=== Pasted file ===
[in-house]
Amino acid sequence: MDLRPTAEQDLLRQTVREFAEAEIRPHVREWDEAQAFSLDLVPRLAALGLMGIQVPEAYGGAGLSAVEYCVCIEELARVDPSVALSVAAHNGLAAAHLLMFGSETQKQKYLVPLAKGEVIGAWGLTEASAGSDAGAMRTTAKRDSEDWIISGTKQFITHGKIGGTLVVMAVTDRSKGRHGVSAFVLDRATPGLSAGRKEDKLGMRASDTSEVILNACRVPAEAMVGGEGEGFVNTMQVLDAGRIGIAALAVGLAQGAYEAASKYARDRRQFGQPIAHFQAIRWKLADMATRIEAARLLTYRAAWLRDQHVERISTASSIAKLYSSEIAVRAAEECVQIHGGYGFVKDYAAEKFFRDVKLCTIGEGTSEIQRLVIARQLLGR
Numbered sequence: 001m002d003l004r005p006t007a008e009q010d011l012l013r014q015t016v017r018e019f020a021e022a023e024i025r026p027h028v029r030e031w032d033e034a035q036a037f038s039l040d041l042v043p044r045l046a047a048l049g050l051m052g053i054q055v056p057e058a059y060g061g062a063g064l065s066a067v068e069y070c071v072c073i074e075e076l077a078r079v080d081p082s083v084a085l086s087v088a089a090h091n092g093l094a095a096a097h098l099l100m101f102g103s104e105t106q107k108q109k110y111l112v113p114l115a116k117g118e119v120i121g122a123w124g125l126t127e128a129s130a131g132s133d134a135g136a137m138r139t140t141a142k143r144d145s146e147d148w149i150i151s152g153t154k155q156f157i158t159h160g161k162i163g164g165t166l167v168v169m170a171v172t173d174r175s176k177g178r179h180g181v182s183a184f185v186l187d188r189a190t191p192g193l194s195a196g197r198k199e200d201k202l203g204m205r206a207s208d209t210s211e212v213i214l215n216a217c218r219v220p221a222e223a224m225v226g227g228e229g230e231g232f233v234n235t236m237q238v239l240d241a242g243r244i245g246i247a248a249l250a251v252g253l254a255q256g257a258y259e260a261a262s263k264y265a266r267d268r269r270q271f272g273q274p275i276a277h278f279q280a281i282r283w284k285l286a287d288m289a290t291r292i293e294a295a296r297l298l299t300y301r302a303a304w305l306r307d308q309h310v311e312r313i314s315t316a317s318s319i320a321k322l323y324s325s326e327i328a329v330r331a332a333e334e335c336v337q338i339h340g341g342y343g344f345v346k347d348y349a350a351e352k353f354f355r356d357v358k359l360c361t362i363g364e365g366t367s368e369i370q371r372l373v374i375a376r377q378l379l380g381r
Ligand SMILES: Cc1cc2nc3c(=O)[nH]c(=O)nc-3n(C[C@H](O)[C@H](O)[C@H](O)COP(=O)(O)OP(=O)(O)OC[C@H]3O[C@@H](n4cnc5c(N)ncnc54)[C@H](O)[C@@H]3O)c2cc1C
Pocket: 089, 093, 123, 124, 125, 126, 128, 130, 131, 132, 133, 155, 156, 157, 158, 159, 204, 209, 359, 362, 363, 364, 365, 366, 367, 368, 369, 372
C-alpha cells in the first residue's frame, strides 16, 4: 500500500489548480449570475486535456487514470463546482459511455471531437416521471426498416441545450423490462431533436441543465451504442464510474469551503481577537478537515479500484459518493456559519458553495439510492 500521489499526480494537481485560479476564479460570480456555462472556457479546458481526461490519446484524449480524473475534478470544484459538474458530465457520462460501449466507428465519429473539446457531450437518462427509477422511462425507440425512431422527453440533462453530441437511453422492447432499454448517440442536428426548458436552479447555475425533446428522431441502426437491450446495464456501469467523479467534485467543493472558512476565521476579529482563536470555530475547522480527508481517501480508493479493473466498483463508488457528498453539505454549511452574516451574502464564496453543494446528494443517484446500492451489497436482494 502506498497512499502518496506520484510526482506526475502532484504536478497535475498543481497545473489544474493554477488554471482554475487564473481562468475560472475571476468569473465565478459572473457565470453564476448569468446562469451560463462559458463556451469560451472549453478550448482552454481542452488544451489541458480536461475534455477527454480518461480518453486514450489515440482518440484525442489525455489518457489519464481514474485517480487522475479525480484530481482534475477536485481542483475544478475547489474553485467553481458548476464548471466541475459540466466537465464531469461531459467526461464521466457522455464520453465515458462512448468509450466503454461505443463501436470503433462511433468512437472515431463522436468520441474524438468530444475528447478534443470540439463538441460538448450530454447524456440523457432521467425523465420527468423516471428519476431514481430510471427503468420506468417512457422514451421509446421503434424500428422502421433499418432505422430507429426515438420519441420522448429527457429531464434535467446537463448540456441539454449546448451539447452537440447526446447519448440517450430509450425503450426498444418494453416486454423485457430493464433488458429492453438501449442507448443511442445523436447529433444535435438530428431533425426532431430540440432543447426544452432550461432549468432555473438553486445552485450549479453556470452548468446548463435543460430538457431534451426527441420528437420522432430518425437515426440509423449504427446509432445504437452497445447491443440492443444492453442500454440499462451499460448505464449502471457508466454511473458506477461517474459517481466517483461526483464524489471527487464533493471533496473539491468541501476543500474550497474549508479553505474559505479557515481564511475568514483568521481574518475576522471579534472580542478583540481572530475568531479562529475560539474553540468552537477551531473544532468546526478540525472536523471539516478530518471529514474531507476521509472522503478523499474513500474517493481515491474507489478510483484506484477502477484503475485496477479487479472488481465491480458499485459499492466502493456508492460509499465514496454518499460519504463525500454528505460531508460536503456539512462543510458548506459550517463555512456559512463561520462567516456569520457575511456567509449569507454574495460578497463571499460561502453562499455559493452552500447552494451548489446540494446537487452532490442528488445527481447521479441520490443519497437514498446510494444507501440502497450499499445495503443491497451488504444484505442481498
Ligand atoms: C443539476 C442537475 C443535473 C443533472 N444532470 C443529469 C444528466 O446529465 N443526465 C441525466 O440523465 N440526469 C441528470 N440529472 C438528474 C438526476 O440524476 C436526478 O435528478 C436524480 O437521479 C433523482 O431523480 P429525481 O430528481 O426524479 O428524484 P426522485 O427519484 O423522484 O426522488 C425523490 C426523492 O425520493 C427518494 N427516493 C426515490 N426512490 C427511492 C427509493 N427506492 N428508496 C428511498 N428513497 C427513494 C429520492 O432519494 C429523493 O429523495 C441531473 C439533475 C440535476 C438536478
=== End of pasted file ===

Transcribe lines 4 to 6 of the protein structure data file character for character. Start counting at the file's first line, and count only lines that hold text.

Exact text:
Ligand SMILES: Cc1cc2nc3c(=O)[nH]c(=O)nc-3n(C[C@H](O)[C@H](O)[C@H](O)COP(=O)(O)OP(=O)(O)OC[C@H]3O[C@@H](n4cnc5c(N)ncnc54)[C@H](O)[C@@H]3O)c2cc1C
Pocket: 089, 093, 123, 124, 125, 126, 128, 130, 131, 132, 133, 155, 156, 157, 158, 159, 204, 209, 359, 362, 363, 364, 365, 366, 367, 368, 369, 372
C-alpha cells in the first residue's frame, strides 16, 4: 500500500489548480449570475486535456487514470463546482459511455471531437416521471426498416441545450423490462431533436441543465451504442464510474469551503481577537478537515479500484459518493456559519458553495439510492 500521489499526480494537481485560479476564479460570480456555462472556457479546458481526461490519446484524449480524473475534478470544484459538474458530465457520462460501449466507428465519429473539446457531450437518462427509477422511462425507440425512431422527453440533462453530441437511453422492447432499454448517440442536428426548458436552479447555475425533446428522431441502426437491450446495464456501469467523479467534485467543493472558512476565521476579529482563536470555530475547522480527508481517501480508493479493473466498483463508488457528498453539505454549511452574516451574502464564496453543494446528494443517484446500492451489497436482494 502506498497512499502518496506520484510526482506526475502532484504536478497535475498543481497545473489544474493554477488554471482554475487564473481562468475560472475571476468569473465565478459572473457565470453564476448569468446562469451560463462559458463556451469560451472549453478550448482552454481542452488544451489541458480536461475534455477527454480518461480518453486514450489515440482518440484525442489525455489518457489519464481514474485517480487522475479525480484530481482534475477536485481542483475544478475547489474553485467553481458548476464548471466541475459540466466537465464531469461531459467526461464521466457522455464520453465515458462512448468509450466503454461505443463501436470503433462511433468512437472515431463522436468520441474524438468530444475528447478534443470540439463538441460538448450530454447524456440523457432521467425523465420527468423516471428519476431514481430510471427503468420506468417512457422514451421509446421503434424500428422502421433499418432505422430507429426515438420519441420522448429527457429531464434535467446537463448540456441539454449546448451539447452537440447526446447519448440517450430509450425503450426498444418494453416486454423485457430493464433488458429492453438501449442507448443511442445523436447529433444535435438530428431533425426532431430540440432543447426544452432550461432549468432555473438553486445552485450549479453556470452548468446548463435543460430538457431534451426527441420528437420522432430518425437515426440509423449504427446509432445504437452497445447491443440492443444492453442500454440499462451499460448505464449502471457508466454511473458506477461517474459517481466517483461526483464524489471527487464533493471533496473539491468541501476543500474550497474549508479553505474559505479557515481564511475568514483568521481574518475576522471579534472580542478583540481572530475568531479562529475560539474553540468552537477551531473544532468546526478540525472536523471539516478530518471529514474531507476521509472522503478523499474513500474517493481515491474507489478510483484506484477502477484503475485496477479487479472488481465491480458499485459499492466502493456508492460509499465514496454518499460519504463525500454528505460531508460536503456539512462543510458548506459550517463555512456559512463561520462567516456569520457575511456567509449569507454574495460578497463571499460561502453562499455559493452552500447552494451548489446540494446537487452532490442528488445527481447521479441520490443519497437514498446510494444507501440502497450499499445495503443491497451488504444484505442481498